Now, the question of club (i.e. domestic T20 leagues) v country (T20Is) is a complex one, and the ICC is wary of giving these leagues ammunition to sideline international cricket. However, I think that my suggested approval of T20 matches can be managed – alongside amending the approval process for these events, which I will write on another time – and can be another step forward in embracing emerging nations’ plans to hold these domestic events in an event to drive commercial revenue and local interest in cricket. However, it needs to been managed carefully so as not to be luring players away from playing for their countries, and maybe more importantly, not providing breeding grounds for nefarious involvement with respect to spot/match fixing.
Overall though, and echoing ICC CEO David Richardson’s (pictured above – photo courtesy ICC) comments in the release, this is a great step forward for the sport; the ICC-at-large (especially the Development team, led by Will Glenwright) should be commended.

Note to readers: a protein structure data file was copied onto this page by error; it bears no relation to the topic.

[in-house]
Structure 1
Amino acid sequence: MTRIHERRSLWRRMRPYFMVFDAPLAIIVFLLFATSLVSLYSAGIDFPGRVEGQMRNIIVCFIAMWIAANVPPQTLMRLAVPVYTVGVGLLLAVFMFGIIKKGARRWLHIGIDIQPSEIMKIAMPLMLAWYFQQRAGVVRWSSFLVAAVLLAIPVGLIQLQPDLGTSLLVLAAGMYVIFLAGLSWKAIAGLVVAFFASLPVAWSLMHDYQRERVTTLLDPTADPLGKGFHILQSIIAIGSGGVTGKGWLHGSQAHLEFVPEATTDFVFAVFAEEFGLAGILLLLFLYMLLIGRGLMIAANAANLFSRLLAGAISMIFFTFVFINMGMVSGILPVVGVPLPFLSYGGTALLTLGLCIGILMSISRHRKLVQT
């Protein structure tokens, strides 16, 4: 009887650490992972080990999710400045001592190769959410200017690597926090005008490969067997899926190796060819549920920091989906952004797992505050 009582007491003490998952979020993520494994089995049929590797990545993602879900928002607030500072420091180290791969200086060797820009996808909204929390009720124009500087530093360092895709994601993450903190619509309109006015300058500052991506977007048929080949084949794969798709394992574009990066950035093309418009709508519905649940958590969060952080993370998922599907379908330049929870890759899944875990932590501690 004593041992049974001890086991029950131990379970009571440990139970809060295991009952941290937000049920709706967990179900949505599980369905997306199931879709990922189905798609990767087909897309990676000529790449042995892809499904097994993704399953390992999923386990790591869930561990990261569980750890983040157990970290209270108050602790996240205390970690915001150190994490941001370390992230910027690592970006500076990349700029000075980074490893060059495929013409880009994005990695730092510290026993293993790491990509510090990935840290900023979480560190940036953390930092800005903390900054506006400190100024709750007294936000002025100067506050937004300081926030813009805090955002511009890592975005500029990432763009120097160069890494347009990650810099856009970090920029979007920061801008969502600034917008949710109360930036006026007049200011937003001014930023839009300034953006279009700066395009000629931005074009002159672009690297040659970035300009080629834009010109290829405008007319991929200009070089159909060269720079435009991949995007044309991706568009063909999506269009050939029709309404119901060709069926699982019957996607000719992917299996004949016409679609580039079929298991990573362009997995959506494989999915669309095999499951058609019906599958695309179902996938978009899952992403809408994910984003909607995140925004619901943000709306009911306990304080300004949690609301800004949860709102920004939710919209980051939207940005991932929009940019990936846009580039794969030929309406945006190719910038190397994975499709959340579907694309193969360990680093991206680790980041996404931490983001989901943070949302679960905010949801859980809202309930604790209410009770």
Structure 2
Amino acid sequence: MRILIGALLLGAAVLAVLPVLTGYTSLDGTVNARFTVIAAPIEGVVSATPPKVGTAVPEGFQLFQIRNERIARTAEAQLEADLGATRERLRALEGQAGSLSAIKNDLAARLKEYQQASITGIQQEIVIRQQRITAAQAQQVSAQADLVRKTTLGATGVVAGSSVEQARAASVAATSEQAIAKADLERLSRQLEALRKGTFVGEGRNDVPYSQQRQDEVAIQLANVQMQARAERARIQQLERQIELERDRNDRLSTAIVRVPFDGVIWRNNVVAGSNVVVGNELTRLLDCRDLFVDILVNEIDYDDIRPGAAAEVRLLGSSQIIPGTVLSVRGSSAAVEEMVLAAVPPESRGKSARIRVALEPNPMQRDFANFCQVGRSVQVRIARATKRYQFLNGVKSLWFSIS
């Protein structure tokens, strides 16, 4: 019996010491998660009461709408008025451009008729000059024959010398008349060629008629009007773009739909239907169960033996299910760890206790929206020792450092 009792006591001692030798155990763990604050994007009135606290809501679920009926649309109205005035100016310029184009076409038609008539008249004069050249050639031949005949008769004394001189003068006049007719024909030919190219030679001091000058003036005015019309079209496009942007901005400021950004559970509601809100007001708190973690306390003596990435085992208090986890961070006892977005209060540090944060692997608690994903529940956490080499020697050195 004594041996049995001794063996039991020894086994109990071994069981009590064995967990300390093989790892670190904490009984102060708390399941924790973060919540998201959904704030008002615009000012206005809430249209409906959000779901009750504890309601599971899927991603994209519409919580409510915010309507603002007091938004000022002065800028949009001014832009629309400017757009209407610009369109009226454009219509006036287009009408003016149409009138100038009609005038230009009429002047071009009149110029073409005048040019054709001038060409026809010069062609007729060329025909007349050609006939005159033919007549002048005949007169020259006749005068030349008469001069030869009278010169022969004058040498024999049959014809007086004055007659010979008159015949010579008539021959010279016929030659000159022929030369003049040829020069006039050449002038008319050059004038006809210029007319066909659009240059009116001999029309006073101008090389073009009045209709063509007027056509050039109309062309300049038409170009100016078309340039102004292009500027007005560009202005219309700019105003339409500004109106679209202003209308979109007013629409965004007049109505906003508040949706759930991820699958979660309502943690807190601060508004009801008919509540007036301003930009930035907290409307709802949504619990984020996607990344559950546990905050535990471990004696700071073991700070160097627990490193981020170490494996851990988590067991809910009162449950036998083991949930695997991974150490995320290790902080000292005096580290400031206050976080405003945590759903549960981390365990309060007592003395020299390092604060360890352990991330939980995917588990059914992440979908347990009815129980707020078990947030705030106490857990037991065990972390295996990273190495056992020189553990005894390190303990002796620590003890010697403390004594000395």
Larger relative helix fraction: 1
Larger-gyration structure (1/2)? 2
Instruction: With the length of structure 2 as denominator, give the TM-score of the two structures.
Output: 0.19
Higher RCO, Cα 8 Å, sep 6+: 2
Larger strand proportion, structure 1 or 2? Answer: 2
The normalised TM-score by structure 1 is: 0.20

“Status” has always been a keenly discussed topic and seen by many as an archaic mechanism that is getting in the way of cricket becoming truly “global”. Ours is the only sport I am aware of that puts conditions on it being played, where countries competing – in sometimes the identical conditions as others are not classed the same. This was no more evident at the recent (50 over) Cricket World Cup Qualifiers where two of the ten teams (Nepal & Netherlands) did not have One Day International status, and therefore, every game they played – even against full members – was List A. All other matches in the tournament were ODIs.